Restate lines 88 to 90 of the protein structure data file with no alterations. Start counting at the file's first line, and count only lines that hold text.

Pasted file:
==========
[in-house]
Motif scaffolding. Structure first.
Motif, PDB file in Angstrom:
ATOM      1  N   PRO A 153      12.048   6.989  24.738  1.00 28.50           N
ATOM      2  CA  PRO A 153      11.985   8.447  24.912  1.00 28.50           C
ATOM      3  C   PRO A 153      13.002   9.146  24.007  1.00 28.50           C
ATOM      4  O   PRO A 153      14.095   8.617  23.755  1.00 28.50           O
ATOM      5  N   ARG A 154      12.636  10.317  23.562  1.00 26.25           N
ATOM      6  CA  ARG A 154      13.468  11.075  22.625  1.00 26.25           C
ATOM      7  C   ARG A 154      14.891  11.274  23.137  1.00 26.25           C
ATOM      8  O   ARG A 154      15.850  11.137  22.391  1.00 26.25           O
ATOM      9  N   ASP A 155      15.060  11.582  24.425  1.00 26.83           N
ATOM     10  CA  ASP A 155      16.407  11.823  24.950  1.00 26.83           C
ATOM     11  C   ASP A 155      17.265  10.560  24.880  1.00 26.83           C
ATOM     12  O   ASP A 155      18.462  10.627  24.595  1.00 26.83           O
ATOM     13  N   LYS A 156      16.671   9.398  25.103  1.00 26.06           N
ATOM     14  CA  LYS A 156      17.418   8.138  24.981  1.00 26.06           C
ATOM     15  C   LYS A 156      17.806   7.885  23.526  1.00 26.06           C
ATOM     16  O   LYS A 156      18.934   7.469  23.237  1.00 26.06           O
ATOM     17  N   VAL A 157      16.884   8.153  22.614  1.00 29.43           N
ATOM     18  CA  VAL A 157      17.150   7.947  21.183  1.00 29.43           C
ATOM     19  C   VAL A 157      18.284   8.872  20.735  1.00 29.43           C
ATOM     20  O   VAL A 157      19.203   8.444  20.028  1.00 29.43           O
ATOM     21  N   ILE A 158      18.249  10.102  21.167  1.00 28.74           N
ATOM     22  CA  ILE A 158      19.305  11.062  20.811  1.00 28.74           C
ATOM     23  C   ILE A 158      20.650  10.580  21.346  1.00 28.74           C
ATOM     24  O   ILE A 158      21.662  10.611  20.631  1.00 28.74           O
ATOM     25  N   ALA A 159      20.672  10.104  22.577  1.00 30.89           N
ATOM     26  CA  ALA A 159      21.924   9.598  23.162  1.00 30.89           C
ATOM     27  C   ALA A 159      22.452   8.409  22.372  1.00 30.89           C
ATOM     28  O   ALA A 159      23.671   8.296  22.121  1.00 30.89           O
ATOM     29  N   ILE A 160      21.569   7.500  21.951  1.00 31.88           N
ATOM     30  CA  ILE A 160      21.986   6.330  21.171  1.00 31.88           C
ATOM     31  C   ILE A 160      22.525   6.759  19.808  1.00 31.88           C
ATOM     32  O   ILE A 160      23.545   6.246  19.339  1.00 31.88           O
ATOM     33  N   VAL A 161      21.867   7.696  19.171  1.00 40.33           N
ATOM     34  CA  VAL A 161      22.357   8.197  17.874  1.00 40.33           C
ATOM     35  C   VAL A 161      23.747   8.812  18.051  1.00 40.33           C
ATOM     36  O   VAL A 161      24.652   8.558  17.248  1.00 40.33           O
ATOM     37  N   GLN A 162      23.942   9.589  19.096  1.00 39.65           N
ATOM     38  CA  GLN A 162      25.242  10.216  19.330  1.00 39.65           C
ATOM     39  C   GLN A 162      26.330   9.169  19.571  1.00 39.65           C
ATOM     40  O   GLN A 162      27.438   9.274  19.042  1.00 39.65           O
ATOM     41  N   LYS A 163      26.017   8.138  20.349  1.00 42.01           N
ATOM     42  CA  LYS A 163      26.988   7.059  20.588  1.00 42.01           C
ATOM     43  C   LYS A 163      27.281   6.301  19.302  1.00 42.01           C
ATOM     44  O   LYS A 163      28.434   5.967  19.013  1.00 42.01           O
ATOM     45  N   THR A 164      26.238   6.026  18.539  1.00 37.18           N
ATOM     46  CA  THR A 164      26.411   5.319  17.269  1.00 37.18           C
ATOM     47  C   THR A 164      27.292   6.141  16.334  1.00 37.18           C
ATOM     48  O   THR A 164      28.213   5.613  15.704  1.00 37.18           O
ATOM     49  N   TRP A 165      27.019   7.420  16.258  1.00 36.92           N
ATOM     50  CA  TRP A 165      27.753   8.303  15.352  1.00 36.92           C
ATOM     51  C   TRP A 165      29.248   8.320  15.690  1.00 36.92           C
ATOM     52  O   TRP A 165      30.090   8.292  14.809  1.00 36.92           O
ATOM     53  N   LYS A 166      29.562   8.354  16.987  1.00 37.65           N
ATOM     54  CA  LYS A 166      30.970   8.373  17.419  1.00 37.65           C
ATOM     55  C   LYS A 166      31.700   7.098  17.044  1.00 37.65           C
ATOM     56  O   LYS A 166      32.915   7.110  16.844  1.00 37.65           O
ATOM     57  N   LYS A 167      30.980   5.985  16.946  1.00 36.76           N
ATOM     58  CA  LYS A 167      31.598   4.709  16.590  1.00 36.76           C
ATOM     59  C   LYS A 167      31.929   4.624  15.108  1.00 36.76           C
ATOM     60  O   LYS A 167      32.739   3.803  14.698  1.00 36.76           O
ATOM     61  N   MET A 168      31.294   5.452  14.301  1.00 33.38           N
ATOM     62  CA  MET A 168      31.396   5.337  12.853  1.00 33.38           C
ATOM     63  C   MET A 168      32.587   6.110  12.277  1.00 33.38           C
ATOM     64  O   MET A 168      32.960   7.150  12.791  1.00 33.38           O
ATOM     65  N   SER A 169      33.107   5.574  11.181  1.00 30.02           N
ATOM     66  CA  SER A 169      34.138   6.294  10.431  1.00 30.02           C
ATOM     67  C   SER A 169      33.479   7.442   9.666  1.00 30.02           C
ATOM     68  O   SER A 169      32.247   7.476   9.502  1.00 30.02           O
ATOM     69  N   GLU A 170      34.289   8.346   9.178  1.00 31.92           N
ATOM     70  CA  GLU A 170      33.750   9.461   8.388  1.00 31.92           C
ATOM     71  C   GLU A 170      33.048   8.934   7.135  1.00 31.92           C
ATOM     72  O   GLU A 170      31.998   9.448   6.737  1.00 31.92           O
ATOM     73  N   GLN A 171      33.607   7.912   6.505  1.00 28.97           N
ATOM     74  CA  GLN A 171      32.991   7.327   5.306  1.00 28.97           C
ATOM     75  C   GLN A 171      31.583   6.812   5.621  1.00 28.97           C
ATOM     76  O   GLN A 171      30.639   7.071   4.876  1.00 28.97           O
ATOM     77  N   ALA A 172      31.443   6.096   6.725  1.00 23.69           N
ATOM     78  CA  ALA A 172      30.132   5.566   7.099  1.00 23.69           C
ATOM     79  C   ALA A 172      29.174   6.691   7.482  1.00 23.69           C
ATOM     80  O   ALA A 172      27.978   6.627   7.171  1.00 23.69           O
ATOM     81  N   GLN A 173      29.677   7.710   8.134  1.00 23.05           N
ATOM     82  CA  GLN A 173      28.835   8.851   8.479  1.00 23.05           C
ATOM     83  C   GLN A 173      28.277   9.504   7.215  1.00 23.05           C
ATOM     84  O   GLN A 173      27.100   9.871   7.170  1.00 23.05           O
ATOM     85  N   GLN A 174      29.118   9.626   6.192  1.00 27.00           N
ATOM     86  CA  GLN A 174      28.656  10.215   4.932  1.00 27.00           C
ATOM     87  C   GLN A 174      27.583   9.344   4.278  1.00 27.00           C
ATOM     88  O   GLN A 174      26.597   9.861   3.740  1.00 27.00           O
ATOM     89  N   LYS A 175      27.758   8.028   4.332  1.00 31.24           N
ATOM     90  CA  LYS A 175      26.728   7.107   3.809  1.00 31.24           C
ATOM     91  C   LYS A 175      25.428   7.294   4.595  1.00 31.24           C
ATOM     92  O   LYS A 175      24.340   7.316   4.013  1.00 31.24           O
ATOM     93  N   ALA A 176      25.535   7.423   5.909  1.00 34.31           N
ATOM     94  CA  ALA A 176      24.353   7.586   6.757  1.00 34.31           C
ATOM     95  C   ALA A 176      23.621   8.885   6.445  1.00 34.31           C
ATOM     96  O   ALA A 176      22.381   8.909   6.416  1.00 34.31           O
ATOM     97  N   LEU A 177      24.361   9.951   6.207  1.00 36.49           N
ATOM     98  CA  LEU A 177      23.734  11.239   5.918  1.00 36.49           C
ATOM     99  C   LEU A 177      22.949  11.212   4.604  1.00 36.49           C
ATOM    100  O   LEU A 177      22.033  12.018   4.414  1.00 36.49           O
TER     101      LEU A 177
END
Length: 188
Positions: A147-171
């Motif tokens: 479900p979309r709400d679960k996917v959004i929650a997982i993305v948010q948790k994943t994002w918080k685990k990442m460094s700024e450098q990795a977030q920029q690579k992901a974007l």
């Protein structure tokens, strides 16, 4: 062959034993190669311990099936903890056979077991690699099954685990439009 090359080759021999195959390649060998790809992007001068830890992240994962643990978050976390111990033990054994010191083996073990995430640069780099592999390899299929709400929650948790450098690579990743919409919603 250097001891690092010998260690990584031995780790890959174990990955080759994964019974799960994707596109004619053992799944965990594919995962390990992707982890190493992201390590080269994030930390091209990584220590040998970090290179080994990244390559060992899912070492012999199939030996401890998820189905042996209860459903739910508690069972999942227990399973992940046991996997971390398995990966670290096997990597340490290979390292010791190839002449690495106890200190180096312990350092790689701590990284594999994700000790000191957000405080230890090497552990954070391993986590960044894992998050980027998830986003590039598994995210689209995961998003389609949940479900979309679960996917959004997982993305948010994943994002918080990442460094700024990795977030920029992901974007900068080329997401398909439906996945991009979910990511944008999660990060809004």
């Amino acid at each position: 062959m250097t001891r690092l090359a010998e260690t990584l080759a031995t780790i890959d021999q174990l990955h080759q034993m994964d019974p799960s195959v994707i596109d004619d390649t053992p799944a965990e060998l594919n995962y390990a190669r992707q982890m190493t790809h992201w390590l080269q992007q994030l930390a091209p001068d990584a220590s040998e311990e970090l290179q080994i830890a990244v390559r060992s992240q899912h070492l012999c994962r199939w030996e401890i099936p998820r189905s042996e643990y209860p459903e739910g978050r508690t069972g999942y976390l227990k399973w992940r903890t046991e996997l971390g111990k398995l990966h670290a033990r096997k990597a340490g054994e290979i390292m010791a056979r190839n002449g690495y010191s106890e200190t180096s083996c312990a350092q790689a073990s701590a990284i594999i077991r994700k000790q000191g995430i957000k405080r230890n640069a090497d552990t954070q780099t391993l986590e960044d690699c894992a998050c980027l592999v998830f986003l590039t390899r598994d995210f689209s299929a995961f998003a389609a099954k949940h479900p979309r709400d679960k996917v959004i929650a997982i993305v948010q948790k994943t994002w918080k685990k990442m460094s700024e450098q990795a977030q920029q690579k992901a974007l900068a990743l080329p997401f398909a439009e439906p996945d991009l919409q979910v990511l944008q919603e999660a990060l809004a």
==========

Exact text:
ATOM     85  N   GLN A 174      29.118   9.626   6.192  1.00 27.00           N
ATOM     86  CA  GLN A 174      28.656  10.215   4.932  1.00 27.00           C
ATOM     87  C   GLN A 174      27.583   9.344   4.278  1.00 27.00           C